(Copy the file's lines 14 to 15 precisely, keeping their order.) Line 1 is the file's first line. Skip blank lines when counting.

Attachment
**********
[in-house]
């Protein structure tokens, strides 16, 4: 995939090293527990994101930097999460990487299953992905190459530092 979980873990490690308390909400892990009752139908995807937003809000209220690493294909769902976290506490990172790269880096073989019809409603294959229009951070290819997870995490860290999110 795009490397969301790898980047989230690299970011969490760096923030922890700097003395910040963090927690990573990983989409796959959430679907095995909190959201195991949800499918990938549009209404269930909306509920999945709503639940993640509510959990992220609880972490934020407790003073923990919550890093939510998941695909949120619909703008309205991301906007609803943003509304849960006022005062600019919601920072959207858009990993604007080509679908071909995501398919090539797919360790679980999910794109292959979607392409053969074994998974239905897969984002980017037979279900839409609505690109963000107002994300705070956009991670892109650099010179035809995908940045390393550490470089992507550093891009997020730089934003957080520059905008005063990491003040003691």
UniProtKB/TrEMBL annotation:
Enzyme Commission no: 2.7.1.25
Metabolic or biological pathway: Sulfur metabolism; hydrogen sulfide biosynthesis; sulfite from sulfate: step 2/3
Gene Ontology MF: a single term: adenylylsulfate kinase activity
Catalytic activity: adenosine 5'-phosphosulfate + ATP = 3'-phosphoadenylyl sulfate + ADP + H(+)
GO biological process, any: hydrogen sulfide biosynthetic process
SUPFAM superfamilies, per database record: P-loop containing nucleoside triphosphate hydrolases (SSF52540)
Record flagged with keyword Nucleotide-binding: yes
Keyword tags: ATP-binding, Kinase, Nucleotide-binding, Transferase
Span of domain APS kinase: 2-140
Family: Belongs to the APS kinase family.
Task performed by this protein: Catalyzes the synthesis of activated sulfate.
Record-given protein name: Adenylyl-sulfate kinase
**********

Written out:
Task performed by this protein: Catalyzes the synthesis of activated sulfate.
Record-given protein name: Adenylyl-sulfate kinase